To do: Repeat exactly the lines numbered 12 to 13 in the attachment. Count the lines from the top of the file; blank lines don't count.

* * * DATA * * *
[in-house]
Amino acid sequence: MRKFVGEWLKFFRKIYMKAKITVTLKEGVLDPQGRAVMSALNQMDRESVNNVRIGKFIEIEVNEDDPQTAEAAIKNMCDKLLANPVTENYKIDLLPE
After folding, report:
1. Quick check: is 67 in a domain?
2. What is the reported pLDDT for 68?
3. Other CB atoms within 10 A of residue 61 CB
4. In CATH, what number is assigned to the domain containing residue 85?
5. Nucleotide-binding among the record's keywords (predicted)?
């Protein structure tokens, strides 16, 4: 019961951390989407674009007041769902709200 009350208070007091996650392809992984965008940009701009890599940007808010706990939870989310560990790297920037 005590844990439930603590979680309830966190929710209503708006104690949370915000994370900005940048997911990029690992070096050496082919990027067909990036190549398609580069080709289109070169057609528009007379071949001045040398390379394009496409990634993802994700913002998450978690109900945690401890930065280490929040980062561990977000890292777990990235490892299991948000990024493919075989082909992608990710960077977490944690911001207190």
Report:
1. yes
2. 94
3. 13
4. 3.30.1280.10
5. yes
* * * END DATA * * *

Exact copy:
2. 94
3. 13